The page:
Arrived yesterday night and was at a partnership meeting by 7.30am withJoseph, the CEO of Ankasee Methodist Hospital and Pat Jamison -MCB mission partner serving as a Community Health Nurse with Methodist Church Ghana.
Afterwards we traveled by road for 4.5 hours to Ankasee near Kumasi to where Pat stays
Sent from my iPad
Wednesday has been an exciting day. One of those occasions when it is easy to see the impact of time, support and finance invested in a partnership.
A four-hour drive took me to Adoni where Revd Daniel Premkumar lives in a children’s home (having taken in 41 girls and boys affected by AIDS). The work we and HMI are helping him with, however, is a sustainable agriculture project. Having been moved by the plight of the tens of thousands of farmers who have committed suicide in recent years, Daniel is building a network of farmers to work together on sustainable methods. Today I cut the ribbon to open their new meeting hall and launch a book of thoughts and Bible studies. We hope inter faith discussion among the farming community will follow as trust is built. Ten farmers are already committed to converting to organic methods and here you see some of them with a display of equipment and examples of home made insecticides and fertilizers.
The girls are from Daniel’s ‘Faith Home’ and came to help with the launch event.
A whole lot of faith in action!
One of the strengths of Henry Martyn Institute is its community development and peace building projects. This means practical experience in local communities with the Hindu and Muslim communities feeds the in-service training and academic study.
Diversity is an essential feature of God’s creation therefore dialogue and reconciliation must be part of our life of faith. I was most grateful to this group of young Muslim and Hindu women who shared so honestly with me about their lives at the HMI community project in Old Hyderabad. Their total lack of opportunity in the face of my family story was unnerving.
So, as HMI puts on its sign board,
‘Peace as goal,
Justice as perspective,
Reconciliation as methodology.’
Henry Martyn Institute in Hyderabad has been an important centre of learning for thirty years promoting inter faith studies and learning about Islam. The day begins with devotions in the beautiful garden chapel attended by staff and visitors of all faiths.
I then met with Dr Abrahams, a new NMA, who runs the Masters programme, and the dynamic director who is raising the profile and reputation of HMI across India and beyond.
There is a group of 24 Dutch pastors here having a two week exposure to the religions of India and the importance of dialogue. An experience many more must have if we are to move from religion being a divisive force in the world to something more creative.
As promised here is the clip of the Christian Currulao dancing in Buenaventura, Colombia.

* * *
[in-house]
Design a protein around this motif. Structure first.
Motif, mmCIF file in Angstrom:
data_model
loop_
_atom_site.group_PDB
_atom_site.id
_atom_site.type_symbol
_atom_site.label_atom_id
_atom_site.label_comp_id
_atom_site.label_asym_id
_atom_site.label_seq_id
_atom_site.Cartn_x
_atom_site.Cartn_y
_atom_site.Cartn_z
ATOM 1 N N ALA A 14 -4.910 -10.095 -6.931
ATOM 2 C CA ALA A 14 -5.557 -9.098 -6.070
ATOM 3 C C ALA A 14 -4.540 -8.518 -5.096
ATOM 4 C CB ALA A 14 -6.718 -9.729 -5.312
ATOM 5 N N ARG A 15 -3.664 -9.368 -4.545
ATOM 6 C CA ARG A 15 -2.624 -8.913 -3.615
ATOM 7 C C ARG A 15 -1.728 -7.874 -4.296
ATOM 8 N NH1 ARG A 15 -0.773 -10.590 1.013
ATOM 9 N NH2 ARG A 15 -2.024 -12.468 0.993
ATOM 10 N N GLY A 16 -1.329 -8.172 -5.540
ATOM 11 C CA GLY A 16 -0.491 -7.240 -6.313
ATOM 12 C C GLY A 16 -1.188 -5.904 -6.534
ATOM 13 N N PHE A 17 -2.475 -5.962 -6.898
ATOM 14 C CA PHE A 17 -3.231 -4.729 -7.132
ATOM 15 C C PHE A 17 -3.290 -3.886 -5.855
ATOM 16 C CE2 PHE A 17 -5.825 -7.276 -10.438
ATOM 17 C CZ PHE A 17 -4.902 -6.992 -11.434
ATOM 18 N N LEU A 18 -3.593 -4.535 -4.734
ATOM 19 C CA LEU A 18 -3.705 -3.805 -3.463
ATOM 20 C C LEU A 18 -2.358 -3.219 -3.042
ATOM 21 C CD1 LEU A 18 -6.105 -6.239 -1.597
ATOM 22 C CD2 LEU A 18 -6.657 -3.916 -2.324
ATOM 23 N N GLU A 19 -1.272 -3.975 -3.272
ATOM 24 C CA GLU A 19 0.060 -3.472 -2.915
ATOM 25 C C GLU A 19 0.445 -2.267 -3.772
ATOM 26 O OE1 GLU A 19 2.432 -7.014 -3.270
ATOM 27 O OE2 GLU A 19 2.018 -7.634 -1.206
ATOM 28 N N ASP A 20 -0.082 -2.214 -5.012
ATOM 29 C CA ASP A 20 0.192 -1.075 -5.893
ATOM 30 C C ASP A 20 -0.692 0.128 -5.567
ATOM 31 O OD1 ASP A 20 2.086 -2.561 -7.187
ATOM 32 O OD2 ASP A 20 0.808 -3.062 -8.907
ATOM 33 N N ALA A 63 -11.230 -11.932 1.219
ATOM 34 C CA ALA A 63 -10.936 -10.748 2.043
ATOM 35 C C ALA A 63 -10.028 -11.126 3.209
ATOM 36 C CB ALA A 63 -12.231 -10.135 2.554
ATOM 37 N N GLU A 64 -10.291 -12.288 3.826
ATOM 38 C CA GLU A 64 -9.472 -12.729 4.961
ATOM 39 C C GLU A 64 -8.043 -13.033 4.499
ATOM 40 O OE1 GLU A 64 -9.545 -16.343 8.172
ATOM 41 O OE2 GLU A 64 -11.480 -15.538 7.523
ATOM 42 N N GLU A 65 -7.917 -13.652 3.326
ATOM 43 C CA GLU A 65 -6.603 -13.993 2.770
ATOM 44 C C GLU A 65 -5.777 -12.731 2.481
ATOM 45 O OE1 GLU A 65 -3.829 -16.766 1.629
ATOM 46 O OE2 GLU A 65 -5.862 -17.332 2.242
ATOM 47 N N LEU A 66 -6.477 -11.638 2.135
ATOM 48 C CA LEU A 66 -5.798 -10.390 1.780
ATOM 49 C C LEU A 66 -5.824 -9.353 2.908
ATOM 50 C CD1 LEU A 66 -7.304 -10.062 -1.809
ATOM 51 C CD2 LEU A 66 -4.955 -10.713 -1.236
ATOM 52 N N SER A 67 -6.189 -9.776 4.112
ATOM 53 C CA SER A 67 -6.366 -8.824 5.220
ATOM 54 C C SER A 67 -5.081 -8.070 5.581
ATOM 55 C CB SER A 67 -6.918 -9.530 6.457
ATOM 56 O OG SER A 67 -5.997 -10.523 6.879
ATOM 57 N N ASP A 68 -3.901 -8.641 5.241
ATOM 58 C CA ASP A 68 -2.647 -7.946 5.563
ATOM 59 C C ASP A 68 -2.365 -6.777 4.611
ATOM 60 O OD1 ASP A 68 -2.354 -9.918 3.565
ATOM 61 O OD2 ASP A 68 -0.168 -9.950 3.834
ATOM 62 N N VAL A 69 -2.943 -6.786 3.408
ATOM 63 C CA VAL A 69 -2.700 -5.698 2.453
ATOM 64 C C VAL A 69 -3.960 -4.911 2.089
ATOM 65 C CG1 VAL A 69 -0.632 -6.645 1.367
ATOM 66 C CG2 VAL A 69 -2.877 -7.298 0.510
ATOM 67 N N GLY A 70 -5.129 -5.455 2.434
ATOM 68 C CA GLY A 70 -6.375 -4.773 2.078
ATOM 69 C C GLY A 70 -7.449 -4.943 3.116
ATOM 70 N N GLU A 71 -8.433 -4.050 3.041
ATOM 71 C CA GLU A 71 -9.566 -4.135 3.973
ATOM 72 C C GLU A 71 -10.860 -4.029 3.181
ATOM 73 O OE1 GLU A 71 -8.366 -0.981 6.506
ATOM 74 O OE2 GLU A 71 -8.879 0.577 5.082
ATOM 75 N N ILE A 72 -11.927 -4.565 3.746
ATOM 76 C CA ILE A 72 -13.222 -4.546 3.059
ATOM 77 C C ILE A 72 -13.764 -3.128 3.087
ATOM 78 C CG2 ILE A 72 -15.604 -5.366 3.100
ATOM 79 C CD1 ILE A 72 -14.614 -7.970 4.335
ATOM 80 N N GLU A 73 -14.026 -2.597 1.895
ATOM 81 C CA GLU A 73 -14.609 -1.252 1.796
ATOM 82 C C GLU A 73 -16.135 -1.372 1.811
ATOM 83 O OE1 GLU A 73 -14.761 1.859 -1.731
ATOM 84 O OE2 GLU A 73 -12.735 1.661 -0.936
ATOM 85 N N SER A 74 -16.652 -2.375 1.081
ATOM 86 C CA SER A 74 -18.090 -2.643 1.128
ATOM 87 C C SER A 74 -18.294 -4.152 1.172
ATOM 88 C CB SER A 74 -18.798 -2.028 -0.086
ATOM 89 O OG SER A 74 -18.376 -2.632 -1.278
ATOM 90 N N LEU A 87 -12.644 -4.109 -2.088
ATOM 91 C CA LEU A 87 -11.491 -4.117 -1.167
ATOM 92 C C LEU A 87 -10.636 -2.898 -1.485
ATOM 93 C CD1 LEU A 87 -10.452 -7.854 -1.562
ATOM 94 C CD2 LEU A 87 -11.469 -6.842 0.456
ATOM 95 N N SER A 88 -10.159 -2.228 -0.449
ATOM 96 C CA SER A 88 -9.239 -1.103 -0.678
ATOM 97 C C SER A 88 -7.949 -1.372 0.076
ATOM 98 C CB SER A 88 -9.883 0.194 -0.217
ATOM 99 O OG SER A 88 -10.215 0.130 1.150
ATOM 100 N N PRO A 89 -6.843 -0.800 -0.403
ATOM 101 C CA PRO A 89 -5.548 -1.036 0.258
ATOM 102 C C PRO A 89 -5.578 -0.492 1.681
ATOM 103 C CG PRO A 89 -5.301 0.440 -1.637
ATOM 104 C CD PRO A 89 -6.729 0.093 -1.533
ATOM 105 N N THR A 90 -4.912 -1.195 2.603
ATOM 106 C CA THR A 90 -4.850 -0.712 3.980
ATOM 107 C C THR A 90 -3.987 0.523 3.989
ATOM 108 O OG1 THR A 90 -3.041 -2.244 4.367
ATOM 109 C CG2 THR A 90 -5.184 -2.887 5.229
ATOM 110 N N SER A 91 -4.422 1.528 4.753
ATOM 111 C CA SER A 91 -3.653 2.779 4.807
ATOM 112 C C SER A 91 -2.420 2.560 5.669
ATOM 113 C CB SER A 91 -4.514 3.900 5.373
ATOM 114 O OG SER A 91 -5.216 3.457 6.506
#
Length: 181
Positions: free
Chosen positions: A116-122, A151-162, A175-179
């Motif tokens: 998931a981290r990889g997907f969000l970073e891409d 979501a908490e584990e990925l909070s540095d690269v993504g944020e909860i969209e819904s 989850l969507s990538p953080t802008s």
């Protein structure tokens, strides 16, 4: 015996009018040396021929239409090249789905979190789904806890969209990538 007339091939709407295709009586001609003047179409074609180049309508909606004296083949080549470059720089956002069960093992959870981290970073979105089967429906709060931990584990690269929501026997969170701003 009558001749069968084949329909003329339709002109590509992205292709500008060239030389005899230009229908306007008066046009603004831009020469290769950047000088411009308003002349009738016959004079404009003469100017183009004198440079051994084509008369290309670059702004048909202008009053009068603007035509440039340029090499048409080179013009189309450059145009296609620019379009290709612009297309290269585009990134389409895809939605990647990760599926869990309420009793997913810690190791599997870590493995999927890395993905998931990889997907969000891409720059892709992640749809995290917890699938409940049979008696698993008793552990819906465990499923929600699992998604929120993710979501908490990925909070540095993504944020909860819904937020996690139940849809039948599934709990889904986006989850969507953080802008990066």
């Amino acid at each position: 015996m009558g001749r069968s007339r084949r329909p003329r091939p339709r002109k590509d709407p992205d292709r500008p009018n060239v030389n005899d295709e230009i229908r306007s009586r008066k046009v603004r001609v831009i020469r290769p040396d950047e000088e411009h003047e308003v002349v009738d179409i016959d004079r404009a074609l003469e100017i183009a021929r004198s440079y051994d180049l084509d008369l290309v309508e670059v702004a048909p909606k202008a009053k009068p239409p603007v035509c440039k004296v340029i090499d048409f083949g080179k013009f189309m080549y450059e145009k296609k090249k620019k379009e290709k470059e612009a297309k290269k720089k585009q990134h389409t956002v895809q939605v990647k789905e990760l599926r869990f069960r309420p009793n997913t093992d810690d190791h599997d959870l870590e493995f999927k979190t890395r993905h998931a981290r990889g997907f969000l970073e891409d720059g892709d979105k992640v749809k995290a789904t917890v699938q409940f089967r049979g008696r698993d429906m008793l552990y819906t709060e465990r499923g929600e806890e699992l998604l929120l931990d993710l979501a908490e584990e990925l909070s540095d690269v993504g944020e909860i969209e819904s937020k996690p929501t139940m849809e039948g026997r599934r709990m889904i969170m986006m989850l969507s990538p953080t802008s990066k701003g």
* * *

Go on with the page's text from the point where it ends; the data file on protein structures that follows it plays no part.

Buenaventura is a port on the Pacific coast of Colombia that is known as one of the most dangerous places in the country. It is a place where gangs, paramilitaries (who are concentrated in the north and western parts of the country), people displaced by the guerrilla, drug traffickers and an afro-Colombian community that lives in poverty collide. It is a violent place where young people are recruited from an early age to be part of the local gangs and where teenage girls become mothers and fathers are largely absent from the family.
It is in this context that with the support of a Nationals in Mission (NMA) grant from the Methodist Church in Britain that the Colombian Methodist Church began a community development initiative two years ago. The NMA grant enable the church to pay the salary of Elizabeth Valenzuela Mosquera to lead the evangelism and mission initiative and to reach out to the community in the love of Christ. Pastor Elizabeth and two young leaders, Arnold and Danny, lead a faith community of about 40 members who are predominantly young people aged between 7 and 16. I visited a special service that was held to welcome us and saw the fruit of their work first hand. I sat with children who led part of the service, who fully participated in the worship and the word. It was obvious that they felt welcomed and loved by this Methodist community, who seeks to serve los mas pequeños (the most vulnerable). They were providing a safe space for these young people, and through the Bible were teaching them the values they needed to be the SALT and light in their challenging environment.
It was such a joy to see the church affirming the cultural background of this community and we saw a performance of Currulao, a traditional Afro-Colombian Pacific dance. It was performed to a Christian Currulao song which I will upload when I have better internet connection!
Hip Hop is also an important part of the community’s culture and the two young men supporting the ministry write and produce hip hop for a living and use it as a way of reaching out to and connecting with the local community in a way they can identify with. Again I will upload a clip is a clip of a Christian song written and performed by Arnold and Danny with hip hop influence when my internet connection improves.
Please pray for this community and for the work of Pastor Elizabeth as she and Arnold and Danny continue to share the love of the Lord Jesus among the people of Buenaventura.